So now Ohio wants to issue green license plates to sex offenders:
Bad idea, and the law enforcement officials in Ohio—whose opinion ought to be listened to clearly—agree. This legislation sounds good on the outside—after all, in people’s minds, sex offenders should receive the harshest kind of lifelong punishment that legislators can dream up, right?—but will create a nightmare.
Plus, and here’s the thing that’s hard to say without coming off as a sympathizer for sex offenders, but because this is the No Kool-Aid Zone, I’m going to say it anyway: there are sex offenders, and there are sex offenders. Nothing excuses a sexual crime…nothing; let me be clear about that for people who like to read things between the lines. But not all sex offenses are created equal; the vast majority of sex offenders are not predatory; the vast majority of sex offenses take place between people who are related to one another, or who at least know one another; many sex offenses are consensual in nature.
The problem comes in when our one-size-fits-all thinking gets into the minds of legislators, etc.; the “law of unintended consequences” comes up huge in sex offense cases. Megan’s Law sounds good, making sex offenders be publicly identified, but what if one moves in next door to me, and the whole world knows that? What does that do to my property value? Yep, you got it. Laws in some states are so onerous as to where sex offenders can reside upon release that some parolees have had to sleep under bridges, homeless because there’s no place they can live (and that’s what we all want, right? Sexual predators having no place to live. Brilliant.).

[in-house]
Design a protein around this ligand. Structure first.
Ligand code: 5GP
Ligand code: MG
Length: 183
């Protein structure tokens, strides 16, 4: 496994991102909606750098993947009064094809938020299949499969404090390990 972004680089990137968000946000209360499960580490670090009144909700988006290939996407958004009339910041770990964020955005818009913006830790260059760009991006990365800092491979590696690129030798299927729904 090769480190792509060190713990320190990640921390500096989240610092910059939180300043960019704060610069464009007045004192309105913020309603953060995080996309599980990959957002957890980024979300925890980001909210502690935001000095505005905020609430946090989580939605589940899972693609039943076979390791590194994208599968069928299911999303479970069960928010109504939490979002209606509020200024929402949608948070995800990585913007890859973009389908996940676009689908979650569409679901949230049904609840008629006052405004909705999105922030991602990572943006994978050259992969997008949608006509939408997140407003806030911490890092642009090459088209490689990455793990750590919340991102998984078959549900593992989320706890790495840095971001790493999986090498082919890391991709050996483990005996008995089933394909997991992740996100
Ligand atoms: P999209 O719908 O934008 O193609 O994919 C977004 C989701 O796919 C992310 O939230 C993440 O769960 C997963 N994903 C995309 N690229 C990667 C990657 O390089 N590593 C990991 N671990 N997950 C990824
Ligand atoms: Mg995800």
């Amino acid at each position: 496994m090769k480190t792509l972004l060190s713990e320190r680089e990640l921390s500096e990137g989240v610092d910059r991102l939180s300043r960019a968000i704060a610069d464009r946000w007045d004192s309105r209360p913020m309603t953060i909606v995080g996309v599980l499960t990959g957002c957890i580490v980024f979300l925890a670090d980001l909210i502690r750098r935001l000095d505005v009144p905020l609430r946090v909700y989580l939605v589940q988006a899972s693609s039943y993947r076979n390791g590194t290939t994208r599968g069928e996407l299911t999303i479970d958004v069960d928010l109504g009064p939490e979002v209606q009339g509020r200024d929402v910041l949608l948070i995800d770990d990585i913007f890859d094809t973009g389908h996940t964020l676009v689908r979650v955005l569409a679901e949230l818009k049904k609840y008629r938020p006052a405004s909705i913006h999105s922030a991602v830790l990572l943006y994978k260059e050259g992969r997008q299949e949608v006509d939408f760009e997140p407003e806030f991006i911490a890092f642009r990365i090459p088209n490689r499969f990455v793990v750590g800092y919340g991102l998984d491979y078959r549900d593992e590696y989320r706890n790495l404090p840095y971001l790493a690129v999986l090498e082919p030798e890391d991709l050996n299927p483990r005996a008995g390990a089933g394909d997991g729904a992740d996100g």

No, we need to find a way to separate those who are truly predatory from the general population—forever. We do this by changing laws so that we distinguish between predatory crimes (the victim and the perp don’t know each other, for instance; other things can be added in by smarter people than myself). Prior to sentencing, evaluation is done of the person, and those declared to be predatory should be sentenced differently in some way (lock ’em up and throw away the key, IMHO). Those who are not predatory, who did something wrong with a family member, say, or the whole Romeo/Juliet statutory rape thing, should receive punishment, but when they do their time, they’ve paid for their crime—just like other ex-cons.
And not given lime-green license plates…